Dish Network Founder and Chairman Charlie Ergen had some typically stern warnings earlier this week when he was asked several times about media companies, including Discovery, simultaneously distributing programming on Dish pay TV platforms and through direct-to-consumer subscription streaming channels.
During Dish’s Q4 earnings call, he cautioned these media companies not to become the next HBO.
Back in October 2018, he recalled, WarnerMedia elected not to renew its carriage deal for HBO with Dish (yes, he described this as the programmer's decision). “They wanted minimum guarantees from us and high prices that made no sense for us to pay,” Ergen said.
The divorce with the leading premium network came six months before HBO debuted the eighth and final season of its smash original series hit Game of Thrones.
Despite this, “We didn’t lose many customers, let me put it that way, because our [subscriber] relationship was strong,” Ergen said. “They wanted Showtime and Star and other things—Netflix, and so on.
“And HBO lost a revenue stream,” he said.
The notion that Dish didn’t lose many customers is certainly debatable. The company had nearly 12.7 million customers across Dish satellite and Sling TV at the end of the third quarter of 2018, just before it turned out the lights on HBO (or the other way around--whatever).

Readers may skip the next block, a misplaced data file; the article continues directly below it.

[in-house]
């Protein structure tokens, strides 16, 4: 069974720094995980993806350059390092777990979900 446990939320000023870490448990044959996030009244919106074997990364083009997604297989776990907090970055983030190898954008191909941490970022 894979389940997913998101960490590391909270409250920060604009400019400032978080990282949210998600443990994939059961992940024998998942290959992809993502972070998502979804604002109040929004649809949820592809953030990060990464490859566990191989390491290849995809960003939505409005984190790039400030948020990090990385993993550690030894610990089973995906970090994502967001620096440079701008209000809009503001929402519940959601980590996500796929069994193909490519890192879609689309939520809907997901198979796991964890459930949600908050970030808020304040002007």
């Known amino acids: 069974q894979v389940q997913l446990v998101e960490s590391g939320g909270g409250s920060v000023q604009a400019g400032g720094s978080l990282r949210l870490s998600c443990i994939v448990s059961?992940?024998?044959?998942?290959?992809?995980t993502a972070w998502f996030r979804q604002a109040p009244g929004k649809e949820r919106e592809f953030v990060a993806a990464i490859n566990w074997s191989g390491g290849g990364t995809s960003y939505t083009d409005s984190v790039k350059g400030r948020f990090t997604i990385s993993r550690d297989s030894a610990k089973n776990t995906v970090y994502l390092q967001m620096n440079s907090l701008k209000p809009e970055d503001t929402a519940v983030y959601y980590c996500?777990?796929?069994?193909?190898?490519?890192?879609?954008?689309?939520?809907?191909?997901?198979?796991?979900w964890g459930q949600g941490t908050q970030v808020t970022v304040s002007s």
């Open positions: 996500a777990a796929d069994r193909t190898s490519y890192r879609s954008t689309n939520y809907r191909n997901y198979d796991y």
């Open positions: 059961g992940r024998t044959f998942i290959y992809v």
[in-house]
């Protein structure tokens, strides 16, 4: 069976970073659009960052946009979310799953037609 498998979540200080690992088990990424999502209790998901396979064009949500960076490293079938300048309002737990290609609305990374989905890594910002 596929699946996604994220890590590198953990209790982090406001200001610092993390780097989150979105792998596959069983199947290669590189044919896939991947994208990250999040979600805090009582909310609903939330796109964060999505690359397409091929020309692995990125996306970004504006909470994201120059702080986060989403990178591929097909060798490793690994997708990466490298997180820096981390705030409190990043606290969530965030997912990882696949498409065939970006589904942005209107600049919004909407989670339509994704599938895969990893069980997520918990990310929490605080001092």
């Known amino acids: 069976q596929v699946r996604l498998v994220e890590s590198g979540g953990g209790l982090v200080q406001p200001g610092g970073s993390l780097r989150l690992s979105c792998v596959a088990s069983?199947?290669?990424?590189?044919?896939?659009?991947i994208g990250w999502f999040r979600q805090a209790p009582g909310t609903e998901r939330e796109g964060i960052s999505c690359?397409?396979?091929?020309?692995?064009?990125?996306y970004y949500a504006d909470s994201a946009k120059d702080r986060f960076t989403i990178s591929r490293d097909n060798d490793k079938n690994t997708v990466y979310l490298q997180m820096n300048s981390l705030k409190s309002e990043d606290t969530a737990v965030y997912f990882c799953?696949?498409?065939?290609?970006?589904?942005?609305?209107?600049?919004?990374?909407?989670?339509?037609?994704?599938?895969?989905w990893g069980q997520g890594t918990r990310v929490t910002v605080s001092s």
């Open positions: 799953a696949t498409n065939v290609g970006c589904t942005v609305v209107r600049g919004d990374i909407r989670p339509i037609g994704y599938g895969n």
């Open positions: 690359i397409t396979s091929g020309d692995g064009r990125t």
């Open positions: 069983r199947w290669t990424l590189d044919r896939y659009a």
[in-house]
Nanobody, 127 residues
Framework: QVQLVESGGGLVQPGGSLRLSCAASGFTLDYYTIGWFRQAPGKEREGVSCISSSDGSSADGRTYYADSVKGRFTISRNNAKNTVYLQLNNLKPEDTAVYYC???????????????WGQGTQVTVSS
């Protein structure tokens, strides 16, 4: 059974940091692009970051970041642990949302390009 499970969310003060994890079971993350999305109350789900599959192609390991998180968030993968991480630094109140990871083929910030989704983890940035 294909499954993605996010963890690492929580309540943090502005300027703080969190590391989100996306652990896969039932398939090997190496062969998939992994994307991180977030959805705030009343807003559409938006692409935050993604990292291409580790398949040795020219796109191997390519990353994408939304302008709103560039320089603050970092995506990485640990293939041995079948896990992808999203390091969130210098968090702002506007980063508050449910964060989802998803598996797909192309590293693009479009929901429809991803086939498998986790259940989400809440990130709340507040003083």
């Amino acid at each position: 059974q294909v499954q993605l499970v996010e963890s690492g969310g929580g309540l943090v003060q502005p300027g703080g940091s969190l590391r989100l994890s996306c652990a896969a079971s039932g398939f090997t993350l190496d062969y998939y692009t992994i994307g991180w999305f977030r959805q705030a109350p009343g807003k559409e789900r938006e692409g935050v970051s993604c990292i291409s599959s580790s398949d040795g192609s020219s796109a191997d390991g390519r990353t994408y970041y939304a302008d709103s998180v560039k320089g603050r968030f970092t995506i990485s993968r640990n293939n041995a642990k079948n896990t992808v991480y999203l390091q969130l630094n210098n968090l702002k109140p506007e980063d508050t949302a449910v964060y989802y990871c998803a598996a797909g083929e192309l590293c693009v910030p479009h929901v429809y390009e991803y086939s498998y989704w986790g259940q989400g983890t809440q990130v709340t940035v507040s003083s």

Dish reported just over 12 million subs across pay TV platforms at the end of the second quarter of 2019—a loss of over 600,000 paid customers—just after the final season of Thrones finished up.
Of course, Ergen remains perhaps the most eager of happy carriage warriors, and has frequently over the years maintained that programmers devalue their linear networks when they take them over the top.
Notably, he also had pointed words specifically for Discovery, which on the same day, reported nearly 12 million OTT subs worldwide, most of them belonging to new SVOD service Discovery Plus
“I think Discovery has got great content,” Ergen said. “And we've had a long-term relationship with them. But obviously, to the extent that you can get it on a la carte basis, it will affect future negotiations."
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